Why you shouldn’t do a Reading unless . . .
I love me some Readings.
One of the first action items I suggest to writers and Producers who’ve got a show they are looking to get off the ground is to do a Reading.
I usually suggest a “Pizza Reading” first . . . which consists of getting some friends together at an apartment, ordering some pizza, drinking some wine, and casually reading your show. Why I love Pizza Readings is that when the reading/drinking is over, two things usually happen:
- You learn about the piece and can create a punch list of items you want to work on for next time.
- Someone at the Pizza Read usually asks, “What’s next?” And then, you have to answer that question. And nothing beats that motivation.
But a Pizza Reading, which is meant for creative work and some inspirational juice, is different than a Reading Reading, where you’re after Producers or Investors or Regional Theaters to take the show to the next logistical level with you.
I’m a fan of these too, but on one condition.
You should never do a Reading, unless you can get people to come.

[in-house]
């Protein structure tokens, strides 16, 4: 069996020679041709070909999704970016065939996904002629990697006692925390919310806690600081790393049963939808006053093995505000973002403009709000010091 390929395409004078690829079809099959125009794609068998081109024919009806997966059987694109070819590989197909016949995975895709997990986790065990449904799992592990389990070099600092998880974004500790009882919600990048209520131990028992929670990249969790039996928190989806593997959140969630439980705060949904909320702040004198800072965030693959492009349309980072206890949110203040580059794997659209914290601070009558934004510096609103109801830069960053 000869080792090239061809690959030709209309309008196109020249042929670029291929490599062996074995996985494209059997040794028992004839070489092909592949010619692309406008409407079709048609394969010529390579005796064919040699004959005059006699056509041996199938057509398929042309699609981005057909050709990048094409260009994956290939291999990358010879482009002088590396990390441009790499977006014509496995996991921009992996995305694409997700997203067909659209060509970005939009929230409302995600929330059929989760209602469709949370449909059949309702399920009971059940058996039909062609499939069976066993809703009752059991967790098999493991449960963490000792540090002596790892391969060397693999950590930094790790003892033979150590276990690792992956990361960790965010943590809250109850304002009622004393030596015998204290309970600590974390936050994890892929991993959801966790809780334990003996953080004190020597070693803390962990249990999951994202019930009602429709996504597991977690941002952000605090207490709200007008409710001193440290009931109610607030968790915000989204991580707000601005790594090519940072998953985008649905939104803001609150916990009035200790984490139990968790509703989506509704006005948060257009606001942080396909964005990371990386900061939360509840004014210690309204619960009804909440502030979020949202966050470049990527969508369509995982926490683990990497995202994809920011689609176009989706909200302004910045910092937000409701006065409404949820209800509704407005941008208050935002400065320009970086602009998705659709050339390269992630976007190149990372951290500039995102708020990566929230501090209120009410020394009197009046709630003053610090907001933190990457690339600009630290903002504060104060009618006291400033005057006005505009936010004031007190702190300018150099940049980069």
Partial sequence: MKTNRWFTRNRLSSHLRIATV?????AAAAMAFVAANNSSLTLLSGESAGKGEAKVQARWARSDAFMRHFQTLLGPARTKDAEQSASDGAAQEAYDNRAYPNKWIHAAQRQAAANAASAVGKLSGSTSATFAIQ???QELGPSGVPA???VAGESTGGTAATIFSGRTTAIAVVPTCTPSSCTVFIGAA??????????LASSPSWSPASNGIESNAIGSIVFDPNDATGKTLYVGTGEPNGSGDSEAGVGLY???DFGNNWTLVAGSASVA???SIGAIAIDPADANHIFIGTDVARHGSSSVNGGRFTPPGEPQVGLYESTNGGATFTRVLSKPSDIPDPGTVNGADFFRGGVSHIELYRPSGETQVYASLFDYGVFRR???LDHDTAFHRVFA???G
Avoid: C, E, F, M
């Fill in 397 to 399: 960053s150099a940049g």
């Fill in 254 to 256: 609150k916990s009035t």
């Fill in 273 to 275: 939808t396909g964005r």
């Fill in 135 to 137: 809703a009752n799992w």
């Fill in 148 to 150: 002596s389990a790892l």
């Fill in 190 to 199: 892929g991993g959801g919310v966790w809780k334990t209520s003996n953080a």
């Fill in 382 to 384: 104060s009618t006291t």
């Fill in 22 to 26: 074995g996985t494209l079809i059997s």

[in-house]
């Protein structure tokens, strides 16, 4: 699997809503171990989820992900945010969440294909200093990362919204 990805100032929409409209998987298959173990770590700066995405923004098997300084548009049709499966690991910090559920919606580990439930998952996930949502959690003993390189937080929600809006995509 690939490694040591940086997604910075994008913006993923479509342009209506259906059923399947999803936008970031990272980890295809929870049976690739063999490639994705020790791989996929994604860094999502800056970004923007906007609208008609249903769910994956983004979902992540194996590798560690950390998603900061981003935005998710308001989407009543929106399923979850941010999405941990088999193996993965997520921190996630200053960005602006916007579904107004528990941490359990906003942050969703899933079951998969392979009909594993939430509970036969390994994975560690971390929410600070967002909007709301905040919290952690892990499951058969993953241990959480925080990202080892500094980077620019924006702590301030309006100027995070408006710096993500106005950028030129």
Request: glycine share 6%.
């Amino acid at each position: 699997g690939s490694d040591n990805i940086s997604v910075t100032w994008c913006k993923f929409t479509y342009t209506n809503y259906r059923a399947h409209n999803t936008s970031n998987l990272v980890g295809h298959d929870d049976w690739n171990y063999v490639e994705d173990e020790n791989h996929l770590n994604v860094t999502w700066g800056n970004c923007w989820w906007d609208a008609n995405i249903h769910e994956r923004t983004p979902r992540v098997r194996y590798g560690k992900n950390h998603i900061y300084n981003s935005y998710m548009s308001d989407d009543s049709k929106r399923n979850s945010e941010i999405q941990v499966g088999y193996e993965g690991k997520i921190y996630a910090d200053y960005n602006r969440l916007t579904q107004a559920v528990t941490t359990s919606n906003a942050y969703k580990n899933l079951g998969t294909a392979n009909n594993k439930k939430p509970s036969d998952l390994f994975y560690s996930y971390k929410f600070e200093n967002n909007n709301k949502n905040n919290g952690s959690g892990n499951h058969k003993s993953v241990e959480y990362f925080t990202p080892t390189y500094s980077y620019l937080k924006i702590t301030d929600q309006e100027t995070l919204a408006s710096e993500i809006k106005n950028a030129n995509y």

Too many people come to me and say, “I have a show, I’m ready to do a Reading for investors!” Then I ask them who is on their invite list, and they say they don’t have one.
And to get a little anti-Kevin Costner on you . . . if you build a Reading, they won’t necessarily come.
Yes, you can do a Reading if you don’t have a ton of contacts, as long as you are hiring people that do (General Manager, Press Agent, etc.). It’s ok to borrow someone’s clout to fill up the Reading Room with some VIPs.
But I wouldn’t count on that.
Here’s my little exercise to see if you’re ready for a Reading:
Take out a piece of paper. Write a list of 20 people that have the money or the clout to move your show along. If you can’t get to 20, then you need to go out and meet more people that fit those qualifications. When you do have the 20, you can start the preparations for the Reading.
And to get a little philosphical-ish on you . . . if a Producer produces a Reading, and the right people aren’t in the audience, well, it definitely does not make a sound.
Actually, it does make a sound. It sounds like, “I can’t believe I just spent effin’ $25,000 on a Reading and since no one was here I have to do it all over again! Aghhhhh!!!!”
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Ken created one of the first Broadway podcasts, recording over 250 episodes over 7 years. It features interviews with A-listers in the theater about how they “made it”, including 2 Pulitzer Prize Winners, 7 Academy Award Winners and 76 Tony Award winners. Notable guests include Pasek & Paul, Kenny Leon, Lynn Ahrens and more.